Wednesday, May 9, 2012

Boogie Woogie

Cover design by Alex Steinweiss
(restored by Peter Joelson)

Some more vintage jazz this week, with a 1941 anthology by Columbia of boogie-woogie music, reissued from recordings made up to five years earlier for Vocalion and Brunswick.  I must confess that when I first heard this album, my first impression was of overwhelming monotony!  After all, during the course of this set we go through the same chord progression 83 times (yes, I counted them!), and, as if that weren't enough, all the pieces except the first one are in the key of C major.  Small wonder, I thought, that Fats Waller was so famously dismissive of boogie-woogie.  Still, this music does grow on you, and as you get past the limitations of the style, you become aware of the variety of shadings that the different artists bring to it.  Also, there's a nice variety of sounds here, from Harry James' trumpet and Lester Young's sax, to piano solos and ensembles.  Here are the contents:

1. Boo-Woo
Harry James, Pete Johnson, Johnny Williams, Eddie Dougherty
2. Woo-Woo
Harry James, Albert Ammons, Johnny Williams, Eddie Dougherty
3. Roll 'Em Pete
Joe Turner, Pete Johnson
4. Boogie Woogie (Pinetop Smith)
Count Basie's Blue Five with Lester Young and James Rushing
5-6. Boogie Woogie Prayer (two takes)
Meade Lux Lewis, Pete Johnson, Albert Ammons
7. Shout For Joy
Albert Ammons
8. Bear Cat Crawl
Meade Lux Lewis
Recorded 1936-39
Columbia C-44, four ten-inch 78-rpm records
Link (FLAC files, 77.1 MB)
Link (MP3 files, 35.23 MB)

For me, the finest sides here are Meade Lux Lewis's solo, and Count Basie's ensemble record (which, on its original Vocalion issue, didn't even credit Basie!).  On a personal note, I had the great pleasure of hearing Basie's big band play at my high school, Druid Hills, when I was a senior, way back in 1980-81.  The Count was already quite an old man, and the truth is, I don't remember him doing very much.  But his band!  He had a bass player who was simply incredible.  I was sitting up pretty close to the front, on the side where he was, and I was able to observe at close hand not only how skilled he was - he could really get up to some high notes on that thing! - but how much energy and joy he put into his playing; he never stopped grinning.  Truly a memorable occasion.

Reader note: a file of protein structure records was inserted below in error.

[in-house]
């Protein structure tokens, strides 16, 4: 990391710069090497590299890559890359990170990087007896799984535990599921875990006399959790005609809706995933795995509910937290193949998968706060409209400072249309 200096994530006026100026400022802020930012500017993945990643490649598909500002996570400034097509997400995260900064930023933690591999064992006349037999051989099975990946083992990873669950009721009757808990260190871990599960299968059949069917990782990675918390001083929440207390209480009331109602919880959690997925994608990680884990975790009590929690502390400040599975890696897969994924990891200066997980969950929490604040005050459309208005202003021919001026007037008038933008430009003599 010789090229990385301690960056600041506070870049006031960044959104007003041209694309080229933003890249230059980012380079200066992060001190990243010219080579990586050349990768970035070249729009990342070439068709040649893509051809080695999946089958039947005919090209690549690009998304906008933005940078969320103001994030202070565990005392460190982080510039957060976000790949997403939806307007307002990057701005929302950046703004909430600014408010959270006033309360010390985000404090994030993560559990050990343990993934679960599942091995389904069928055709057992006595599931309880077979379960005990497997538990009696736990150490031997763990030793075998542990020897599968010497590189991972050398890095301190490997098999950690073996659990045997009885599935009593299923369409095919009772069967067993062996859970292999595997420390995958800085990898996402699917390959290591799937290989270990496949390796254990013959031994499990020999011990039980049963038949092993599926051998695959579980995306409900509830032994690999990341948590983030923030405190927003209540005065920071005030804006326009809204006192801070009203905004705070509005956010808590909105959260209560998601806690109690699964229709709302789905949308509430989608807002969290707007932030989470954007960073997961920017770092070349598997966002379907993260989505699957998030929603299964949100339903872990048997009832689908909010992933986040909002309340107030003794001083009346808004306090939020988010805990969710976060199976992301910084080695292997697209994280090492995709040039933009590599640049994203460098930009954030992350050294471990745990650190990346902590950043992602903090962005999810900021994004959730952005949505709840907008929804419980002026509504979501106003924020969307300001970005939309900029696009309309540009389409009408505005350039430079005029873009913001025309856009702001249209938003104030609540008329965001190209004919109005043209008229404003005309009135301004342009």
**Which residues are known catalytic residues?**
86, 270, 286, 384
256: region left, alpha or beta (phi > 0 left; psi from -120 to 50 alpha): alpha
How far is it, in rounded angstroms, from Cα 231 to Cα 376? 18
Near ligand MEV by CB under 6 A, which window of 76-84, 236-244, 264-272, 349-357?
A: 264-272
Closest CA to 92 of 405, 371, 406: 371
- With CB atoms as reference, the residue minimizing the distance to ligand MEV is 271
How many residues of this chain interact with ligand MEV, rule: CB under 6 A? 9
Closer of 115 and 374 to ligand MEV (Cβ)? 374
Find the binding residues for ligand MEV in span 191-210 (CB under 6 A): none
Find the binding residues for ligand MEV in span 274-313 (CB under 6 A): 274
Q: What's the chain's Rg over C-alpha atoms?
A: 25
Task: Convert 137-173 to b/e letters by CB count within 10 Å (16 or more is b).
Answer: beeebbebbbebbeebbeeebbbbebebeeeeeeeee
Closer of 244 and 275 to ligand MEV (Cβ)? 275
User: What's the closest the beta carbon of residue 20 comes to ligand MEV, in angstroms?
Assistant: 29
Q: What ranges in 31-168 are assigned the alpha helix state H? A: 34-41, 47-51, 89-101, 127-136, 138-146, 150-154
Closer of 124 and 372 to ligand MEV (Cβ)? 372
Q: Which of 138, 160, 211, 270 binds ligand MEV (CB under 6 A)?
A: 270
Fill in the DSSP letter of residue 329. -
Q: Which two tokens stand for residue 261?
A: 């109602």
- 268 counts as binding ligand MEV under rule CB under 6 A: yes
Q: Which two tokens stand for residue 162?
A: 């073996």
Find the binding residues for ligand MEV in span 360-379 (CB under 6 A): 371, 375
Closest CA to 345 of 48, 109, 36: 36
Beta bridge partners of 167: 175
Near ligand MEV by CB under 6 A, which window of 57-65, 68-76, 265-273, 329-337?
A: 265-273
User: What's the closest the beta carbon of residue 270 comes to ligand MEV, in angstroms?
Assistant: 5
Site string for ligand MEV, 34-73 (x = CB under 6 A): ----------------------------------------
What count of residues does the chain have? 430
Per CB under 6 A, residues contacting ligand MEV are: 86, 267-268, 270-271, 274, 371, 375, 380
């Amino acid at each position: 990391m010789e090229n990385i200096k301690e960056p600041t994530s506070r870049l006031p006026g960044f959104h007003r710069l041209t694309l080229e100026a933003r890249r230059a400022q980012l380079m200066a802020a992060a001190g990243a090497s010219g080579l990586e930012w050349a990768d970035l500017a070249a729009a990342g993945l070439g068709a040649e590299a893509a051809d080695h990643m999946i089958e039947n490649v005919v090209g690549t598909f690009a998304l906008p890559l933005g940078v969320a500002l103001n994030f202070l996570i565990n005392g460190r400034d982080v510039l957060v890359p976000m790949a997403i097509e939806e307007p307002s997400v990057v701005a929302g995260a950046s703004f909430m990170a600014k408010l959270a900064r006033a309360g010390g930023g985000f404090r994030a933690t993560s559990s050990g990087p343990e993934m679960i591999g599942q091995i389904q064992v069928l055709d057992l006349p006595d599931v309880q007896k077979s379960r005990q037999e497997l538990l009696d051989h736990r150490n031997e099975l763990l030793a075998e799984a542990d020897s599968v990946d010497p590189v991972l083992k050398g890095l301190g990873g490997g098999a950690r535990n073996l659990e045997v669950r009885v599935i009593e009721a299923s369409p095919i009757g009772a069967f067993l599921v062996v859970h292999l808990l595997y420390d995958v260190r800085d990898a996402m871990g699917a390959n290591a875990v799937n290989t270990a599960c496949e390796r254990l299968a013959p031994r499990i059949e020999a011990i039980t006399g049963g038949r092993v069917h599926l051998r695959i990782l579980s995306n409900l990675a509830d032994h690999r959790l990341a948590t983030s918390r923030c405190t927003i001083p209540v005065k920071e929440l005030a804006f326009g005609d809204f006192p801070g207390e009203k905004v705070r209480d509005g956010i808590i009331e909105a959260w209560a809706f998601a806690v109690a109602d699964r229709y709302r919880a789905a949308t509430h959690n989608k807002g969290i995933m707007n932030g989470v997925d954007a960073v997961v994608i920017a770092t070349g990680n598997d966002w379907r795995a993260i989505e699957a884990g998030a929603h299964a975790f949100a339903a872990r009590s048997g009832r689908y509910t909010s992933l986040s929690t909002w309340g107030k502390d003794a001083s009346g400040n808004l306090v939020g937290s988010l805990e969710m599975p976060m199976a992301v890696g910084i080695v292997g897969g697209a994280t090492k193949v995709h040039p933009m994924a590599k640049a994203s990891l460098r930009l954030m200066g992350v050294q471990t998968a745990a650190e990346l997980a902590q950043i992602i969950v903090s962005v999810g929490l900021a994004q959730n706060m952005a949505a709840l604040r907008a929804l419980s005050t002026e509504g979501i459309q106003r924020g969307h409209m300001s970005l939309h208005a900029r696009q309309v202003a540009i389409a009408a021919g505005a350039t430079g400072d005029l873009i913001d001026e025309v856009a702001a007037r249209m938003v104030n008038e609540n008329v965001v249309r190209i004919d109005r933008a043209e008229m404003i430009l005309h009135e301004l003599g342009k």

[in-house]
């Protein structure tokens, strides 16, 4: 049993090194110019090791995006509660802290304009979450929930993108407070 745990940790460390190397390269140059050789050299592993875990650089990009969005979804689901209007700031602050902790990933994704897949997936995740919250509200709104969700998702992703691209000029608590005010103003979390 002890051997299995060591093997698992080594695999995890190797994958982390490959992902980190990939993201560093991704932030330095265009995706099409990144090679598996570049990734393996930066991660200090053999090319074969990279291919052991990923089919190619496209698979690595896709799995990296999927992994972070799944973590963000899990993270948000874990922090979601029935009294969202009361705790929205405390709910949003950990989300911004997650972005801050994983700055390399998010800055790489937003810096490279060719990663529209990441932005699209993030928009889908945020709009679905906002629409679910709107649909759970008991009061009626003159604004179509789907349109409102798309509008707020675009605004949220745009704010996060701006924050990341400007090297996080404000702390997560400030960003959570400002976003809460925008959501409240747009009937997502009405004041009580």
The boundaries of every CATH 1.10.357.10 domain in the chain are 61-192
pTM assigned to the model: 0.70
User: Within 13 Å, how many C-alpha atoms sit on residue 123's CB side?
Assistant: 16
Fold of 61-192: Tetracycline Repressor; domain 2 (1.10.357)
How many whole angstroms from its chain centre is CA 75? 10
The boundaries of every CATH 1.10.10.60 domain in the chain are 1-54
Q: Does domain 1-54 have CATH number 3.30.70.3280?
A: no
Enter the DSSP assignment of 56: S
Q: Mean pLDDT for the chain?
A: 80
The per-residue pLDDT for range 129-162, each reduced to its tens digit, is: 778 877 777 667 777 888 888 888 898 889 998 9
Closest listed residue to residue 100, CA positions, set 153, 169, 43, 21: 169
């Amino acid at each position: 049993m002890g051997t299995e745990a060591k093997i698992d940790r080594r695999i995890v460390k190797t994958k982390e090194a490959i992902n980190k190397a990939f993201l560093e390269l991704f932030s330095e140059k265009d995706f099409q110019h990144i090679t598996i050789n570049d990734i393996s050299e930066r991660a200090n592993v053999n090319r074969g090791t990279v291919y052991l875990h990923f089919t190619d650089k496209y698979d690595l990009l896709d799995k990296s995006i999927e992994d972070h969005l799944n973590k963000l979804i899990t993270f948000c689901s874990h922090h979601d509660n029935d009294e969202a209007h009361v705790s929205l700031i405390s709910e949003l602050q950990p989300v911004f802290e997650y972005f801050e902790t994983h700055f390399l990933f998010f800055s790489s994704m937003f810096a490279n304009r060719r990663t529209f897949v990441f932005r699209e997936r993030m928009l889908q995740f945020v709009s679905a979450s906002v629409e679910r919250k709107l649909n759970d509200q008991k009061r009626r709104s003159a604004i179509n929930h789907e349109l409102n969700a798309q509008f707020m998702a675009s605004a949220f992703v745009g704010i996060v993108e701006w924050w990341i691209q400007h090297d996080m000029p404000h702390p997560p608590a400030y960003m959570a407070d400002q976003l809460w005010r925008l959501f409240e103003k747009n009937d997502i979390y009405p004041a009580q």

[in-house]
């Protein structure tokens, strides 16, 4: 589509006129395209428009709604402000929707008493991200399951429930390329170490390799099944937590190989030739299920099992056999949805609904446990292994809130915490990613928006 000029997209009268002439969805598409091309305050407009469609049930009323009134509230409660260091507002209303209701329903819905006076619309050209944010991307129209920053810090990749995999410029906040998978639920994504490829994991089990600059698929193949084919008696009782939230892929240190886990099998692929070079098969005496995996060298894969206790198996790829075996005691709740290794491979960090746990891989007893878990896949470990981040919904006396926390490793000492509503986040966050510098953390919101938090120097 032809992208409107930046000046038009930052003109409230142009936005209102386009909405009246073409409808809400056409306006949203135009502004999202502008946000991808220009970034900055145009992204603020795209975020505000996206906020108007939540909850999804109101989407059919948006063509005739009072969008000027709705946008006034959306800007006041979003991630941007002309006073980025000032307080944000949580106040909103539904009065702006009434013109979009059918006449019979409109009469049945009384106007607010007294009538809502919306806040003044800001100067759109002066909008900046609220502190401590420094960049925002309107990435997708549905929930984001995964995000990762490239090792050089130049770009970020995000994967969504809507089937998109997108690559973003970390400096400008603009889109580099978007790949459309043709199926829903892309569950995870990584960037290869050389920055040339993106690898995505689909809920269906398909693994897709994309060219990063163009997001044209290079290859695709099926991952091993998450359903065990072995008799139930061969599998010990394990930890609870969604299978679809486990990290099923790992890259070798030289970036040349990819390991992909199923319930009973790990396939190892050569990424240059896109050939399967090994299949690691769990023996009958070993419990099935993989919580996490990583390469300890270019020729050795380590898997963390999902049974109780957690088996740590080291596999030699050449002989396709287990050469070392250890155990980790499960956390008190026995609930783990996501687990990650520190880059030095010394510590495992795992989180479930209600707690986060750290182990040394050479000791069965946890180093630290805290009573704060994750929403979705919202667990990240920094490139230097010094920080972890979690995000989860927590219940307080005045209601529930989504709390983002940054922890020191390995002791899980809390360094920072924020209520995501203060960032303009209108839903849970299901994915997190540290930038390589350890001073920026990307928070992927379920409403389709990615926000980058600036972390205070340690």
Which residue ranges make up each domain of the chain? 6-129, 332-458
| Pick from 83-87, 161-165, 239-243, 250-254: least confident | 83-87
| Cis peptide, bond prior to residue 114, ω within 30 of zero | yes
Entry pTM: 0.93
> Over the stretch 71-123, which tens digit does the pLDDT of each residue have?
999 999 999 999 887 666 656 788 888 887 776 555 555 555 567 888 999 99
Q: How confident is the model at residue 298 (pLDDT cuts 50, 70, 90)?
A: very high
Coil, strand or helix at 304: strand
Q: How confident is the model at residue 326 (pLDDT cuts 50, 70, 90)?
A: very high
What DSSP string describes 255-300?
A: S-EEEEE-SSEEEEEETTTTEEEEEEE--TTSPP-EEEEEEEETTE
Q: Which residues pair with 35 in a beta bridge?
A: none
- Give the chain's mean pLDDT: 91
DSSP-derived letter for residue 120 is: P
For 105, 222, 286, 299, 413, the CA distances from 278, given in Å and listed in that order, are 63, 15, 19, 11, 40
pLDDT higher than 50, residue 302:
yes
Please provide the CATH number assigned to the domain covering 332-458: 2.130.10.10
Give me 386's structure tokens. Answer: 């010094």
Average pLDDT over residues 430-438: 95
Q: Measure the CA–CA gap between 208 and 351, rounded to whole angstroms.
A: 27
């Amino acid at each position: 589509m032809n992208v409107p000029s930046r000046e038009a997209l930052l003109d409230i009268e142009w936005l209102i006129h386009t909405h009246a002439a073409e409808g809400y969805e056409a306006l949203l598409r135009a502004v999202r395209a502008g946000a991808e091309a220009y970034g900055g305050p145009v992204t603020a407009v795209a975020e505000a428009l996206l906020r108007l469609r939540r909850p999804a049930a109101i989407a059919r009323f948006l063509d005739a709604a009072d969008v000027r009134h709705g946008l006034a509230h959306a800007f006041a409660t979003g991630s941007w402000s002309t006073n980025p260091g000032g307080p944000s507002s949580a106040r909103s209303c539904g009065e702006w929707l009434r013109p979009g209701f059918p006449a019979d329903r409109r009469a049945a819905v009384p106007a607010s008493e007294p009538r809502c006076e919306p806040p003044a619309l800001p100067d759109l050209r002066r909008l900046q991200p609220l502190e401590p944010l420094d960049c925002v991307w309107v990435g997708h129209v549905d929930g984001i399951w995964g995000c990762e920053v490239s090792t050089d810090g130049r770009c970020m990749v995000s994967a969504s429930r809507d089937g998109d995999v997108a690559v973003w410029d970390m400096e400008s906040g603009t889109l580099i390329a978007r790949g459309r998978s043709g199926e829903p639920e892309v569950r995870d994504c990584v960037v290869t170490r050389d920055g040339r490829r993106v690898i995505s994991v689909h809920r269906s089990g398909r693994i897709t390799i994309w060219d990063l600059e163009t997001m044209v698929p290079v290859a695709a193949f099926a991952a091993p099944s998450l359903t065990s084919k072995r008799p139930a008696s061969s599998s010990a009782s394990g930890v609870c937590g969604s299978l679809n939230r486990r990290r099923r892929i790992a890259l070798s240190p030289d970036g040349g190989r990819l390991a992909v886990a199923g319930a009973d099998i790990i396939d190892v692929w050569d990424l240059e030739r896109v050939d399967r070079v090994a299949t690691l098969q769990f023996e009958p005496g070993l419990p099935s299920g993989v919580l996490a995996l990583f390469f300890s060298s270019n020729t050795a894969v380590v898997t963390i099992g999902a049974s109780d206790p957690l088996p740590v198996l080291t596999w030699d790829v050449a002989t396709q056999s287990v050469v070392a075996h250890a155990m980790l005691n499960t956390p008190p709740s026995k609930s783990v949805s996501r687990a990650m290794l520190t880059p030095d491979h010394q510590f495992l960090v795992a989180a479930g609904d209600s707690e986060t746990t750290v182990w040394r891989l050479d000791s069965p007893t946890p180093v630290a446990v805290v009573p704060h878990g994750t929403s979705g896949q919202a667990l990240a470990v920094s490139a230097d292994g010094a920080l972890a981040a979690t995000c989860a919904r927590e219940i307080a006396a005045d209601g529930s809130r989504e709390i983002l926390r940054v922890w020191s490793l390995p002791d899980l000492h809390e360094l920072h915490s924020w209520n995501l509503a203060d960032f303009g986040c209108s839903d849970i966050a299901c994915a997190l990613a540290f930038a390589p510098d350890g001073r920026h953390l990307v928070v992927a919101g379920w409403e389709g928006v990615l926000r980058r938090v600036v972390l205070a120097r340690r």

1. That's a great album! Thanks a lot for sharing!

  2. That's a good - if odd - selection of boogie piano. Three points:
    1. Basie didn't get credited on the original issue of "Boogie Woogie" as he was already tied into a flat fee, no royalty deal with Dave Kapp of Decca. John Hammond - who discovered Basie's band in KC - was incensed and rushed Basie and four of his musicians into Columbia's Chicago studios. To side-step the contractual problem with Decca the original release was as "Jones-Smith Incorporated" so it was probably the original "Alias Smith and Jones"!
    2. You don't remember Basie "doing very much"! Throughout his career he'd pared down his playing so that by the time you heard him he was probably as minimalist as Glass, Reich or any of those other guys. If you want to hear him in full flow check out "Prince of Wails" from the last session he made with the Bennie Moten band in 1932 - think you'll be astonished! The other thing about the Basie band is that although the arrangements were credited to the likes of Buck Clayton, Neal Hefti or Quincy Jones they had already been submitted to a severe editing process by none other than Count Basie himself...
    3. "Bearcat Crawl" is great but the real Meade Lux Lewis classic is "Honky Tonk Train Blues", either the 1927 Paramount original or the 1935 Decca remake.

    Great blog, BTW.